Collecting Social Security is not a no-brainer. By controlling the timing of payouts through “file-and-suspend,” you can maximize benefits while customizing who gets what when. Here’s how.
Most of us have paid into the Social Security fund most of our lives. So it’s worth spending a little bit of time strategizing about the payout. What you choose to receive when can make a big difference. So I typically sit down with our clients – especially those in their late 50s and early 60s – to review the options and bring to their attention that it’s OK – and often beneficial – to file and suspend.
On Route to Age 66
The general idea is to file to receive Social Security when you reach age 66, the official retirement age, but to suspend your payments. While your payments are suspended, you accumulate delayed retirement credits that will increase your eventual benefit — currently by 8% annually until age 70.
Keep in mind that if you do file and suspend:
• Your spouse and/or young child can begin collecting the benefits they’re entitled to under your record, while you (the worker) postpone collecting your own benefit.
• You must be the official retirement age, which is currently 66.
• Your benefits will increase for four years – until you turn 70.
Three Reasons to File-and-Suspend
1. To trigger benefits for your spouse, while deferring your own Social Security benefits until they’re worth more, up to age 70.
2. To trigger dependent benefits for children who are minors.
3. To lock in your filing date, in case you opt later to receive all your Social Security benefits in a lump sum rather than a higher monthly benefit.
If you’re SINGLE, even if you expect to delay claiming Social Security benefits until past the official retirement age, you may still want to file and suspend at age 66. This will give you the option to claim a lump sum as of the suspension date, rather than a larger monthly benefit later on.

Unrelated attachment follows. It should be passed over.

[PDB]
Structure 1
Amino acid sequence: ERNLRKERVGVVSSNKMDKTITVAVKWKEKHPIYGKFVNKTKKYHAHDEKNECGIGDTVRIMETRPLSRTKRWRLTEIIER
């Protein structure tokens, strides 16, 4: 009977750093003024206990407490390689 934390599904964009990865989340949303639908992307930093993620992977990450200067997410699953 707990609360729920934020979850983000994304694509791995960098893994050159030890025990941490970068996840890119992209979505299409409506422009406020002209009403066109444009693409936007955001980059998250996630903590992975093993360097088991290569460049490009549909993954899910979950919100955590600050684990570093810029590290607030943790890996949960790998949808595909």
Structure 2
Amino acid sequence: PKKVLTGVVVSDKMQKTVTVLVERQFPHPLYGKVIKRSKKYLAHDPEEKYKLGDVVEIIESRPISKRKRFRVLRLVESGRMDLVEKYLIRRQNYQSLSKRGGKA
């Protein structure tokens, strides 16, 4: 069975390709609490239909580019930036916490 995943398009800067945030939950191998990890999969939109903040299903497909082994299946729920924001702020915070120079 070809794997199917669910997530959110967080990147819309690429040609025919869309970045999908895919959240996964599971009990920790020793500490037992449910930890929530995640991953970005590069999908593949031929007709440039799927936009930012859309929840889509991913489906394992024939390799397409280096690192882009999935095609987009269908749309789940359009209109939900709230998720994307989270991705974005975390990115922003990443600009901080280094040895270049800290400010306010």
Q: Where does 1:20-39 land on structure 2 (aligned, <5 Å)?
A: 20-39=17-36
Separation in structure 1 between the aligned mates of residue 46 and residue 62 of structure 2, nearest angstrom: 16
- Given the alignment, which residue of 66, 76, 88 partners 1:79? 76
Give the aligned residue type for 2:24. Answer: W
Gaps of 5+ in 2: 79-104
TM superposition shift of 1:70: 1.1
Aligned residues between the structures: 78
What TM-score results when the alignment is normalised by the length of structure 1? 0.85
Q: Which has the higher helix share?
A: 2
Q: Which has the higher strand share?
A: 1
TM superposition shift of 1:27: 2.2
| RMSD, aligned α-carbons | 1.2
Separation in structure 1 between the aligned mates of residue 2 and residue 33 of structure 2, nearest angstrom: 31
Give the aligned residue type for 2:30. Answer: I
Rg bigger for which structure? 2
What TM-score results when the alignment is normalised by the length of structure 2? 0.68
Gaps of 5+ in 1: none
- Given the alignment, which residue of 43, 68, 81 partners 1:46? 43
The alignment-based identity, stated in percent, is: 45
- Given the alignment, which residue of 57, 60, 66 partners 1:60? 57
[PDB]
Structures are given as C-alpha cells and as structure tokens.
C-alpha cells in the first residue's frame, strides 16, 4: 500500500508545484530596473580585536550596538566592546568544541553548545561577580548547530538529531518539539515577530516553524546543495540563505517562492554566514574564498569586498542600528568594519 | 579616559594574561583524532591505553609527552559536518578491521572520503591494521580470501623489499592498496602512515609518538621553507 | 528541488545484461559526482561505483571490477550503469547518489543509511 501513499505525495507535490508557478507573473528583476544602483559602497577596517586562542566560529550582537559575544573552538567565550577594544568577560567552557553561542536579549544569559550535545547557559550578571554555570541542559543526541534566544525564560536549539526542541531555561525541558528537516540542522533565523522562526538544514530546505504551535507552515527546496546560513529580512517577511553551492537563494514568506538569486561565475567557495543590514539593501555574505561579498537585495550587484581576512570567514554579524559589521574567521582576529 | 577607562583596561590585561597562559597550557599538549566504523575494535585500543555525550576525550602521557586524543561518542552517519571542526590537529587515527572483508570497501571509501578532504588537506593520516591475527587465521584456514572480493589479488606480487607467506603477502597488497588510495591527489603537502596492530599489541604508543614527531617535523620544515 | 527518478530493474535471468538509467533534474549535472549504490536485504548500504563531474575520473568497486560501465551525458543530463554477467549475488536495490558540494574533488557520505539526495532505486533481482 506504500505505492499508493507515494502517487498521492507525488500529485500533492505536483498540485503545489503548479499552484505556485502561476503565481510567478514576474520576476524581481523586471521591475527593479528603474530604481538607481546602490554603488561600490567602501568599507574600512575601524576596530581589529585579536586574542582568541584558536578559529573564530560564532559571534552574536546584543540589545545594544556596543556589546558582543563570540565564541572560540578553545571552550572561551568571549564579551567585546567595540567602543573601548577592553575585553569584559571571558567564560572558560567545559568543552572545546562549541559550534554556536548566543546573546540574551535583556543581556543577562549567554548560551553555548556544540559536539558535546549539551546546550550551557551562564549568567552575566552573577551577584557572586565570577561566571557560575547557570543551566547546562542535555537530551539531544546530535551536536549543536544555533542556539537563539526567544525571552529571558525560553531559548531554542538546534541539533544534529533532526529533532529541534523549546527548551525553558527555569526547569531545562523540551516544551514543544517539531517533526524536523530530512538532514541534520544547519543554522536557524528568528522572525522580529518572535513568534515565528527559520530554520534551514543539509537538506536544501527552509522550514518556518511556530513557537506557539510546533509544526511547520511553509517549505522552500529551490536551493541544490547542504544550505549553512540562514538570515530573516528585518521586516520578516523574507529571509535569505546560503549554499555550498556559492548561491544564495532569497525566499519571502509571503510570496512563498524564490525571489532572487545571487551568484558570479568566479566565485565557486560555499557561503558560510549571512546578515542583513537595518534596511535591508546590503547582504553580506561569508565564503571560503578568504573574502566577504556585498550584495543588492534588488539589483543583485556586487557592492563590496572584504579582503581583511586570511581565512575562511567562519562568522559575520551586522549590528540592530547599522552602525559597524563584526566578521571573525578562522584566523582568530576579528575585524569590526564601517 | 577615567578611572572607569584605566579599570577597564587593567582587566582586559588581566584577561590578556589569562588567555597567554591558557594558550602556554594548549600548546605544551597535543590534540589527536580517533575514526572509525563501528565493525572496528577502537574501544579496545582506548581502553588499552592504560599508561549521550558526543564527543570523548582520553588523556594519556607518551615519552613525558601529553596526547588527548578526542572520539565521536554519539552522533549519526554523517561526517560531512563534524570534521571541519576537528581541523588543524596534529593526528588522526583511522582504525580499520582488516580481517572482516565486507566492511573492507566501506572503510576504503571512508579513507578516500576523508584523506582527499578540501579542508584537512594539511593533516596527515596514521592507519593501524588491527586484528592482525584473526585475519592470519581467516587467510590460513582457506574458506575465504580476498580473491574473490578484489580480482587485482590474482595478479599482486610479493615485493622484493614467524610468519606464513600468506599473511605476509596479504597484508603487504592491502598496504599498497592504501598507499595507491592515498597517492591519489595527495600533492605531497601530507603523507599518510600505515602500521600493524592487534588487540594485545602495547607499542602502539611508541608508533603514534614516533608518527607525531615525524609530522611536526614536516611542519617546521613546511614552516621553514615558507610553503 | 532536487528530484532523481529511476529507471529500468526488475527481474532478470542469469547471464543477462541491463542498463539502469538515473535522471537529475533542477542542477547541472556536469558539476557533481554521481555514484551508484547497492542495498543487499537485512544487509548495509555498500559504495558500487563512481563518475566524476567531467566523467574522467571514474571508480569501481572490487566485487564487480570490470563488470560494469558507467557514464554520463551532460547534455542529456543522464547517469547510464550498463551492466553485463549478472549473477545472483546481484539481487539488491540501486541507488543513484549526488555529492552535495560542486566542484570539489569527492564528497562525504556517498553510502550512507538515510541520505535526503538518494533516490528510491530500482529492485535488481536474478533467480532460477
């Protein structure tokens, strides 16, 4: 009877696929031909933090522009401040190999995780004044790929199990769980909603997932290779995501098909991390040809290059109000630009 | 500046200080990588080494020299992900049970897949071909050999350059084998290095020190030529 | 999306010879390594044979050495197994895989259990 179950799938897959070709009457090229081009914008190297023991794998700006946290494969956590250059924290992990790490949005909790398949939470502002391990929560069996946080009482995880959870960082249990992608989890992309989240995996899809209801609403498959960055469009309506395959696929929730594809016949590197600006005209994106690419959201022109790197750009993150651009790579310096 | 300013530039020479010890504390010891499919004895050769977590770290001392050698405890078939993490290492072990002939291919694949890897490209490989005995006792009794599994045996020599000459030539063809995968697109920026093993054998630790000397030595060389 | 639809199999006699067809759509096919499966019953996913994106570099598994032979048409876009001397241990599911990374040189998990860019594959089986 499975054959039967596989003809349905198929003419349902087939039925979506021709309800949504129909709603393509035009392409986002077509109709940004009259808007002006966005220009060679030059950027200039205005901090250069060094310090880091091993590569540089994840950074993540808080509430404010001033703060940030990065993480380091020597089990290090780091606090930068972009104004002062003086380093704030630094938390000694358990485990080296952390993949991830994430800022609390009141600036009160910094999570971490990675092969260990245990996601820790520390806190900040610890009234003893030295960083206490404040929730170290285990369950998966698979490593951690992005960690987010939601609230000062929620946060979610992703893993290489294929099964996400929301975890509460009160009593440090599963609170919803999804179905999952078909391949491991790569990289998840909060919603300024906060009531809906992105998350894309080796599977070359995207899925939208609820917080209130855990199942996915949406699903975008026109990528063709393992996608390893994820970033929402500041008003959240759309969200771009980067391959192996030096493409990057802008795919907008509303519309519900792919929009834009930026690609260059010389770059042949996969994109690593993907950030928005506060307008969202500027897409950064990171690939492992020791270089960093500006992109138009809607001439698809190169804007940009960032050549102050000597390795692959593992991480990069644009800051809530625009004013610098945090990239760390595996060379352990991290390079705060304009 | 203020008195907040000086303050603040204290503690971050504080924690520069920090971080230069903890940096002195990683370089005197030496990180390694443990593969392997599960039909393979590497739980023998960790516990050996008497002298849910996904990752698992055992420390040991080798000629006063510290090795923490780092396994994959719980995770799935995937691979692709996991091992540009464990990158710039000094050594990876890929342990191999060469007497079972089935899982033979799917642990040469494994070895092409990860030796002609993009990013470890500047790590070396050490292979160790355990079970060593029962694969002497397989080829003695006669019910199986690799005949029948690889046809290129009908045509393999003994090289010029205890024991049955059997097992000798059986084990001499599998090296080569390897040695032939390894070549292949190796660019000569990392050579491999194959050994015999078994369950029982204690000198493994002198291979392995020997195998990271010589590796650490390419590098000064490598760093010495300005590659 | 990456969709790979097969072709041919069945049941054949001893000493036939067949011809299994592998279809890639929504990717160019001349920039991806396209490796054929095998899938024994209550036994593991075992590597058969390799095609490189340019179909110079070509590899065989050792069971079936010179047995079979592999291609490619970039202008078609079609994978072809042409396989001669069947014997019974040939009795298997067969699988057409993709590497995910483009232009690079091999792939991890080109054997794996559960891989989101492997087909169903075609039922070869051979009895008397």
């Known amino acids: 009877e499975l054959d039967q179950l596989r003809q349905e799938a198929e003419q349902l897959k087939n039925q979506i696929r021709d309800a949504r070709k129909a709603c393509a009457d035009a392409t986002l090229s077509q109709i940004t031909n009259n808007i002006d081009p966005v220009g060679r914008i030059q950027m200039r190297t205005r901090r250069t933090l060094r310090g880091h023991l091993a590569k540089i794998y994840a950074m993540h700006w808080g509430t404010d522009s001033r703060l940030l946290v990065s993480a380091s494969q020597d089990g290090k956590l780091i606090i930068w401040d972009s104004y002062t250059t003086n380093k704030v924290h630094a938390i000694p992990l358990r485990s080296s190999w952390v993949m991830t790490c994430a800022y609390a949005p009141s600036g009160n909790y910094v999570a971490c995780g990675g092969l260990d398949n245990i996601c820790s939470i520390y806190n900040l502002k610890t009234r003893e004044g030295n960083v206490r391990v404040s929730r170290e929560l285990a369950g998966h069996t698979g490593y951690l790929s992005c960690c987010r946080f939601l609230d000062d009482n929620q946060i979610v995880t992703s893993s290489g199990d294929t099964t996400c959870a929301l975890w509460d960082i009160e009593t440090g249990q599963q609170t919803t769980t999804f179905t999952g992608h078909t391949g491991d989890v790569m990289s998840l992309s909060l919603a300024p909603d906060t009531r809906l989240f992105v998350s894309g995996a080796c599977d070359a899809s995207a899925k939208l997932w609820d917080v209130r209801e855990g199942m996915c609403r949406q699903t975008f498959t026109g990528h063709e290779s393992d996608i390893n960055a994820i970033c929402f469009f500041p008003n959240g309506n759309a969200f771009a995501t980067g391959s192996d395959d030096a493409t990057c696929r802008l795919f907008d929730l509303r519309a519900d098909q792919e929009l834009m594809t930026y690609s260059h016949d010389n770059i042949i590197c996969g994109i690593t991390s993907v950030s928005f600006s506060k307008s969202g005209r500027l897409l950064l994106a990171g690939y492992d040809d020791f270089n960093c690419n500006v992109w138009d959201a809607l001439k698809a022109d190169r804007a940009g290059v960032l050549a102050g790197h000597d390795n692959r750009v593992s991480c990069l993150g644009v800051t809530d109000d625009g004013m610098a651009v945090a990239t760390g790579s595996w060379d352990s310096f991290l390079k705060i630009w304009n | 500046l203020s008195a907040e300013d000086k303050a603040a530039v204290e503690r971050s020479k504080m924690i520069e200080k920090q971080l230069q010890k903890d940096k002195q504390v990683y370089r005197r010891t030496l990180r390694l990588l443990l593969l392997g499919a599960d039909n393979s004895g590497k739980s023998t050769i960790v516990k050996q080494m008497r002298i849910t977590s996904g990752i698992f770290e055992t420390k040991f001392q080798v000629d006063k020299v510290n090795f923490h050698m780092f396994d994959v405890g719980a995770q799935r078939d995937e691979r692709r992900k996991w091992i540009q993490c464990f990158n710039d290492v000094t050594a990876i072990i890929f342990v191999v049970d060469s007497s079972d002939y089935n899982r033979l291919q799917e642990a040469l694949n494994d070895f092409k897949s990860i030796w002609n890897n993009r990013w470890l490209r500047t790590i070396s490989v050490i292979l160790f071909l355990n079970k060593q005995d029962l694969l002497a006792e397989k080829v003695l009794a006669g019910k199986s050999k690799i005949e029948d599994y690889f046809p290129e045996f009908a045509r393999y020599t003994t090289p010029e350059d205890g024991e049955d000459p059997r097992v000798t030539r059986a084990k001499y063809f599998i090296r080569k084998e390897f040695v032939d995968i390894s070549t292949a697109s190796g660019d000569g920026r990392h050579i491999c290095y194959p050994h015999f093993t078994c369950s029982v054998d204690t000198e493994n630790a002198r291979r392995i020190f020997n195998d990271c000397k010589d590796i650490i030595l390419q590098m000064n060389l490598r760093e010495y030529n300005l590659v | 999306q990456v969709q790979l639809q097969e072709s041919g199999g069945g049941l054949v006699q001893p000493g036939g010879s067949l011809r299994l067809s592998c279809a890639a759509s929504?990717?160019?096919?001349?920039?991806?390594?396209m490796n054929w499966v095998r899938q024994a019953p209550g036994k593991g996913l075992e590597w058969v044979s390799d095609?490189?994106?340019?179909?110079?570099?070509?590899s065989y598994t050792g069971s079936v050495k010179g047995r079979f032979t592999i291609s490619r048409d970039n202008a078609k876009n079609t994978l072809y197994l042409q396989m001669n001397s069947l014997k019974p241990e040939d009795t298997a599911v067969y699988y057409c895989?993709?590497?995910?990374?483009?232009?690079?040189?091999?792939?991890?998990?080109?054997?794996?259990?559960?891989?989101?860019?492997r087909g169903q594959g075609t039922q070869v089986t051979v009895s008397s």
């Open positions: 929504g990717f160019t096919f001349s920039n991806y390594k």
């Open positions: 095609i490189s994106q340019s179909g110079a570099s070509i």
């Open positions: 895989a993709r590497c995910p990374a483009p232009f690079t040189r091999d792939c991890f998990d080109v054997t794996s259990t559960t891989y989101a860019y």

If you’re a MARRIED COUPLE (including same-sex couples living in a state that recognizes their marriage), you should coordinate benefits:
• In most cases, it makes sense for the higher-earning spouse to delay benefits as long as possible, up to age 70, to lock in the maximum retirement benefit, as well as the largest survivor benefit (should the higher-earner die first).
• The lower-earning spouse may want to claim reduced benefits early — at age 62 — if he/she is no longer working.
• Another strategy is to restrict your claim to spousal benefits only – this lets you collect half of your spouse’s full retirement-age benefit, while deferring your own benefit until it’s worth more later on.
Remember: It is essential to get estimates for each spouse/partner, consider your circumstances, and actually crunch the numbers.
Hands down, my favorite book on this topic is Social Security: The Inside Story by Andy Landis, a well-known retirement expert whom we’ve had speak at client gatherings in the past.